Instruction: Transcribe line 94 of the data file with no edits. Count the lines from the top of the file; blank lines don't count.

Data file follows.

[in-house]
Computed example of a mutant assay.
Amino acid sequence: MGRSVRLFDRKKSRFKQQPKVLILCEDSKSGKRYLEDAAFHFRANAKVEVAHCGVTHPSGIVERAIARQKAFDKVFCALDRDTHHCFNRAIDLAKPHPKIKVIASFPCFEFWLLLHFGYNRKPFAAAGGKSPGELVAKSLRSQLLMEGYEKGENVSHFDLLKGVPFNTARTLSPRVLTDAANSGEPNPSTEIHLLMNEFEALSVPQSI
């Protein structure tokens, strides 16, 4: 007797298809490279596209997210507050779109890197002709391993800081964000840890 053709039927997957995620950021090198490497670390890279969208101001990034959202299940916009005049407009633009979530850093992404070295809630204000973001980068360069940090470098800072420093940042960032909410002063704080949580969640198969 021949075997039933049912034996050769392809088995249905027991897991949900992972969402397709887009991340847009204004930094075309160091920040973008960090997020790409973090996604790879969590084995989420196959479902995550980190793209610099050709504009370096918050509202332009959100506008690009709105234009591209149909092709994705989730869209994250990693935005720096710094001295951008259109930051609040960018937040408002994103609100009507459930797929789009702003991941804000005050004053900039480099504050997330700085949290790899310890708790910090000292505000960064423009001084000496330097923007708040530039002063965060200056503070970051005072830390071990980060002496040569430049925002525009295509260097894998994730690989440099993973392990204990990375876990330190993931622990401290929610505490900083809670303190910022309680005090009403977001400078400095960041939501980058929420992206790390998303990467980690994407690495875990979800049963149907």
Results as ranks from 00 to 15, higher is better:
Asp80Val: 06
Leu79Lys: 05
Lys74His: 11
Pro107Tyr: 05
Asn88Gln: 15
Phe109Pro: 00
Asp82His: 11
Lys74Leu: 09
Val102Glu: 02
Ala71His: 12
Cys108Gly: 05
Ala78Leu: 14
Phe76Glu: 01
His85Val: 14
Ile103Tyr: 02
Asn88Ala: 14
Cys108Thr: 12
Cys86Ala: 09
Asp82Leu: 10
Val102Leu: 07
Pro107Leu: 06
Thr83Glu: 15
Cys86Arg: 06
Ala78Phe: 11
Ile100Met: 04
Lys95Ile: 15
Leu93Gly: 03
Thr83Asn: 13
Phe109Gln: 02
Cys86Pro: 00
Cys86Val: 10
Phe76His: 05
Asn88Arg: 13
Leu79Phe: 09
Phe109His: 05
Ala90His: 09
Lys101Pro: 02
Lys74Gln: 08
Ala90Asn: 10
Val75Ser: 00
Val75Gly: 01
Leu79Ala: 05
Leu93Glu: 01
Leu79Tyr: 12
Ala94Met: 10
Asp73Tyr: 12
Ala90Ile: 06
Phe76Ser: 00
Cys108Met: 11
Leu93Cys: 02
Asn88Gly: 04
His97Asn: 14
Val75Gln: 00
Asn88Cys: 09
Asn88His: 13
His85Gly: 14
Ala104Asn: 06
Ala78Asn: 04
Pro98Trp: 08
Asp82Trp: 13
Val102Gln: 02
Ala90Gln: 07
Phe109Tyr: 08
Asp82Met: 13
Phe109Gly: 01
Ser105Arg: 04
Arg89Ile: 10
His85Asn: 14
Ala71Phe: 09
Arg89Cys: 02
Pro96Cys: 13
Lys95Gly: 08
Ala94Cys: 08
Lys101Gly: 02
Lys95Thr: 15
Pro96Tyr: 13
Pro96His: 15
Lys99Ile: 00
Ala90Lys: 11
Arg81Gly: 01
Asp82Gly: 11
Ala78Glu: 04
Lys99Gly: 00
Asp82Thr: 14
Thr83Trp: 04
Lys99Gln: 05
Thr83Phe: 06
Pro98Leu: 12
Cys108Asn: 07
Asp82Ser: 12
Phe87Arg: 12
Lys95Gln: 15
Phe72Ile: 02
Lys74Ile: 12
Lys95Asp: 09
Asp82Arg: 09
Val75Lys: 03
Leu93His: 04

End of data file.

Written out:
Cys108Asn: 07